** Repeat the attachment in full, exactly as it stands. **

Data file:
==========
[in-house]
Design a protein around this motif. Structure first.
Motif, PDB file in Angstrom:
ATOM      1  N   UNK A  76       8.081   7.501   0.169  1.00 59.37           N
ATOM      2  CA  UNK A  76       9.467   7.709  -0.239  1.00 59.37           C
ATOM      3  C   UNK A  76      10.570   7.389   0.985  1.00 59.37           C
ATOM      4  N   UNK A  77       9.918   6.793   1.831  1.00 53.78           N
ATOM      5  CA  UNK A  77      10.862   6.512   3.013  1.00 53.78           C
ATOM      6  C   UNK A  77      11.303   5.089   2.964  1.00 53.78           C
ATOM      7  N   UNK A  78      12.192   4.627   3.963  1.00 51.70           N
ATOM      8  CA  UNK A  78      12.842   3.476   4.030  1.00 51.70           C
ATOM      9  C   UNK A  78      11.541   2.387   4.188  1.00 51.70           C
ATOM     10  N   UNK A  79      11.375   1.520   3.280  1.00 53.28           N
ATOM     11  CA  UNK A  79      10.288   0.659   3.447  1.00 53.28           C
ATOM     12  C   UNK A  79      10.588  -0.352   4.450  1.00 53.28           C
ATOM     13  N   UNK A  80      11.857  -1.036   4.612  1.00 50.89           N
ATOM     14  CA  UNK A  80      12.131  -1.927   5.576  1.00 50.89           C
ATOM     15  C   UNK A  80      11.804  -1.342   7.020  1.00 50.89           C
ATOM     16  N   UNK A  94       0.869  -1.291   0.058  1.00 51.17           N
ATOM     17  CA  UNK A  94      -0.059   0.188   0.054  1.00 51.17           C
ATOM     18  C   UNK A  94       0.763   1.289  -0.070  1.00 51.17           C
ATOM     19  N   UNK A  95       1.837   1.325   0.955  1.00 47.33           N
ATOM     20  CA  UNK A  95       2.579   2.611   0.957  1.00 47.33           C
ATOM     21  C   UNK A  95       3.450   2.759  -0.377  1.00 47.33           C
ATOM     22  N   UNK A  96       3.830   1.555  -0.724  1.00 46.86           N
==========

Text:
[in-house]
Design a protein around this motif. Structure first.
Motif, PDB file in Angstrom:
ATOM      1  N   UNK A  76       8.081   7.501   0.169  1.00 59.37           N
ATOM      2  CA  UNK A  76       9.467   7.709  -0.239  1.00 59.37           C
ATOM      3  C   UNK A  76      10.570   7.389   0.985  1.00 59.37           C
ATOM      4  N   UNK A  77       9.918   6.793   1.831  1.00 53.78           N
ATOM      5  CA  UNK A  77      10.862   6.512   3.013  1.00 53.78           C
ATOM      6  C   UNK A  77      11.303   5.089   2.964  1.00 53.78           C
ATOM      7  N   UNK A  78      12.192   4.627   3.963  1.00 51.70           N
ATOM      8  CA  UNK A  78      12.842   3.476   4.030  1.00 51.70           C
ATOM      9  C   UNK A  78      11.541   2.387   4.188  1.00 51.70           C
ATOM     10  N   UNK A  79      11.375   1.520   3.280  1.00 53.28           N
ATOM     11  CA  UNK A  79      10.288   0.659   3.447  1.00 53.28           C
ATOM     12  C   UNK A  79      10.588  -0.352   4.450  1.00 53.28           C
ATOM     13  N   UNK A  80      11.857  -1.036   4.612  1.00 50.89           N
ATOM     14  CA  UNK A  80      12.131  -1.927   5.576  1.00 50.89           C
ATOM     15  C   UNK A  80      11.804  -1.342   7.020  1.00 50.89           C
ATOM     16  N   UNK A  94       0.869  -1.291   0.058  1.00 51.17           N
ATOM     17  CA  UNK A  94      -0.059   0.188   0.054  1.00 51.17           C
ATOM     18  C   UNK A  94       0.763   1.289  -0.070  1.00 51.17           C
ATOM     19  N   UNK A  95       1.837   1.325   0.955  1.00 47.33           N
ATOM     20  CA  UNK A  95       2.579   2.611   0.957  1.00 47.33           C
ATOM     21  C   UNK A  95       3.450   2.759  -0.377  1.00 47.33           C
ATOM     22  N   UNK A  96       3.830   1.555  -0.724  1.00 46.86           N